Mismatch In Expectations

As stated, a career counsellor does not imply that you are a therapist. Though motivating the client is an unspoken part of your job description, you are in no way a psychologist. You are not being paid to make the client feel better. Your job as a career counsellor, entails guiding the subject apropos of career avenues, keeping in mind other issues.

Challenges arise when the counsellee comes not for career guidance, but takes it like a personal therapy session. In this case, he/she might refuse to cooperate. There are also times when the client comes to you with the expectation of actually finding him/her a job! Unless it is stated as part of the services you offer, in no way, is it a part of your job description.


We have already spoken about the knowledge gap that career counsellors may face. It can be the case where the counsellee wishes career guidance within a niche industry. Yet other challenges may include a general disconnect between the subject and you. You are a friend, a guide, a professional counsellor, as well as a career advisor all, rolled into one!

This means that there has to be a bond, a connection that will make counselling sessions a breeze. Something that both of you would look forward to. If you do not ‘vibe’ with each other, it will only make your client clam up. Not to mention, how you would then hit a brick wall, and further counselling sessions would become impossible!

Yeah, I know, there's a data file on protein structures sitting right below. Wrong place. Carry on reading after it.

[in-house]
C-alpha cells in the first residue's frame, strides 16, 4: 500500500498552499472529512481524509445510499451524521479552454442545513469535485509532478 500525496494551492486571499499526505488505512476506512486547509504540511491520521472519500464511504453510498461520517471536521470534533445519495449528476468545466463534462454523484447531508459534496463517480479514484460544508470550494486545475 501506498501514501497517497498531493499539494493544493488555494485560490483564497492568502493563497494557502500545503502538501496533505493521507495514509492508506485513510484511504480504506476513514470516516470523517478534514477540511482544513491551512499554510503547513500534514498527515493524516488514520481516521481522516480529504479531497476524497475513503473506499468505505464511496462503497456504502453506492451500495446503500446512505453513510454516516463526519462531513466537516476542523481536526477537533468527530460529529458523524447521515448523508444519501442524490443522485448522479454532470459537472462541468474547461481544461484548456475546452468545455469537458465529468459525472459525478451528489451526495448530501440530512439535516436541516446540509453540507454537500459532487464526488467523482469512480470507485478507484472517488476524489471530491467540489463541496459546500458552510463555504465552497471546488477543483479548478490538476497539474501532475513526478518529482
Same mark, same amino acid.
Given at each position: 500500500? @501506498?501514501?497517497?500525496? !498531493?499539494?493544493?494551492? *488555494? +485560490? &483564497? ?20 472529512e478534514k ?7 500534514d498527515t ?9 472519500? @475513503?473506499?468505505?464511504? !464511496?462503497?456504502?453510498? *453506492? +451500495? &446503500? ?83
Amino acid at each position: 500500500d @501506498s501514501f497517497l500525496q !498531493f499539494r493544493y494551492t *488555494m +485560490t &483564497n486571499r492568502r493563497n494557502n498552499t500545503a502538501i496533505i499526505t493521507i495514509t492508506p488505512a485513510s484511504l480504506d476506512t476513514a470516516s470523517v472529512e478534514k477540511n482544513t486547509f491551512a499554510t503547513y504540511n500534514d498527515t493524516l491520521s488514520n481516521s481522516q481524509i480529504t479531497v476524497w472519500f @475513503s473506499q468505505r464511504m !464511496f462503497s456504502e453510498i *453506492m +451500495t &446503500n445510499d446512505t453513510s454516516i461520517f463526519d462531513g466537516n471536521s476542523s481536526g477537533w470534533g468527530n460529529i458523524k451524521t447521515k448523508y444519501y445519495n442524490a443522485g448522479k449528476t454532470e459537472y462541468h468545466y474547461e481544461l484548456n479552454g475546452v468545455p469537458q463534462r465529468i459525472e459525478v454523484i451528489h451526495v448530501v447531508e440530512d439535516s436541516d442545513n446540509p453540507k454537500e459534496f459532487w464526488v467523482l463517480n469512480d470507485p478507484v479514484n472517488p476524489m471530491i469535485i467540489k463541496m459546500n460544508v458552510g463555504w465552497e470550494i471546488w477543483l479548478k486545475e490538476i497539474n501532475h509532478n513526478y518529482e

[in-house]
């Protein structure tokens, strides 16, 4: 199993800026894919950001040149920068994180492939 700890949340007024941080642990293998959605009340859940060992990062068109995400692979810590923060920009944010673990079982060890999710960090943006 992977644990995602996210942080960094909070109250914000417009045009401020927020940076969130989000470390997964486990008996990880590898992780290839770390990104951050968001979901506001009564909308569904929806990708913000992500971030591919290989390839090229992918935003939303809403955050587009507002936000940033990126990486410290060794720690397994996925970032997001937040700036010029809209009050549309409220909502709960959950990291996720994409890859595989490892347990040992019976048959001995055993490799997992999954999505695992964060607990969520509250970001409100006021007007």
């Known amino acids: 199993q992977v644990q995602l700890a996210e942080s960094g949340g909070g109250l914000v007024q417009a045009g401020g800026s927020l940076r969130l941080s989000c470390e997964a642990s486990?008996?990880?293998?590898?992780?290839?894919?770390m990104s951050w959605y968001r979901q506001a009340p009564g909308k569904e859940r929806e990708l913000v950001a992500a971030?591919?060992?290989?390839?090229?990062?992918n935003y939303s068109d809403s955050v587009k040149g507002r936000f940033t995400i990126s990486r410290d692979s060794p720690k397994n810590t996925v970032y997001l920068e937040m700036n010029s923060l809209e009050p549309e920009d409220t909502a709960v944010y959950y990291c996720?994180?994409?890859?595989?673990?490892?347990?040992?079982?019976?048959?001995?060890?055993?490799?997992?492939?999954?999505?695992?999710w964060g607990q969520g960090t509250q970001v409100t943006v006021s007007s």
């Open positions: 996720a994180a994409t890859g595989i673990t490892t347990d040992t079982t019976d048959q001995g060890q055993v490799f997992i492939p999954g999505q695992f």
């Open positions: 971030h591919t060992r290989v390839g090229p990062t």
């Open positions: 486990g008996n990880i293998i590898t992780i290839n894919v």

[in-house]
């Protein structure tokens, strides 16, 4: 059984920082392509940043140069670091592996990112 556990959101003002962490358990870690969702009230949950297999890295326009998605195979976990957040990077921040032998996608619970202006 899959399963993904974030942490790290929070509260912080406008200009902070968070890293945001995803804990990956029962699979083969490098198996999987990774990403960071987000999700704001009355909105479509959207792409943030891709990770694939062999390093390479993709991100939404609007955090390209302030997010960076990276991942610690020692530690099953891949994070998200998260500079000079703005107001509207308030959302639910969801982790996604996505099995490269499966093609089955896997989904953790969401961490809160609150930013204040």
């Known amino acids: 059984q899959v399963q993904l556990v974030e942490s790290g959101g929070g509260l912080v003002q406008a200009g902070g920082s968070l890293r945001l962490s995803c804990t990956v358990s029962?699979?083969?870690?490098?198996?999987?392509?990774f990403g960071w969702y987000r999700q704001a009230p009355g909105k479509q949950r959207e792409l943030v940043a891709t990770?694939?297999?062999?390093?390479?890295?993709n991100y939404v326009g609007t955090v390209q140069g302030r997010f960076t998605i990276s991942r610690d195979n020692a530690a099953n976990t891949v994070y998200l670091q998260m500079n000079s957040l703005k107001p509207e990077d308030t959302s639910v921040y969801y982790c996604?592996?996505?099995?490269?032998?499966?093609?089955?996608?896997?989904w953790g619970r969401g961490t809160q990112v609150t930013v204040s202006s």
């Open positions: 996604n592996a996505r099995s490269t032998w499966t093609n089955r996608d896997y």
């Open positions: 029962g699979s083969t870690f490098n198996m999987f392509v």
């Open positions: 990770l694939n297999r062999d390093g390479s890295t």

Tools/Techniques That Would Help Lessen These Challenges

Trust-building exercises: as a career counsellor, ensure that you have your client’s absolute trust and attention. Instead of simply jumping into a mechanical drone about generic career options, spend a considerable amount of time in getting to know your client first.

Keep the conversation informal and casual. If possible, introduce yourself by talking a wee bit about your personal life (as much as would be professionally feasible!!). It will make your subject feel at ease. This will help in easing out any knots in sessions down the line. Tools such as MyersBriggs Type Indicator (MBTI) for professionals and MurphyMeisgeier Type Indicator – Children (MMTIC) for kids and children.

These tools are aimed at helping you, as a career counselor, to understand the subject beyond the qualifications on the paper. Once, you get a glimpse of the personality traits and individual characteristics, your job simplifies manifold. As a career counsellor, you can experience these challenges irrespective of whether your client is a student or a professional. That is the key to overcoming these challenges to a great extent.


The Career Counsellor Certification Course” from CareerGuide is a 50+ hour, self-paced, lifetime access online course for career counsellor certification. This will assist in giving you curriculum with the use of many Case Studies, Scenarios, FAQs, and Quizzes. Everything you need to become a successful career counsellor is in the curriculum. This course consists of  lessons that help to develop your skills and become a master career guide.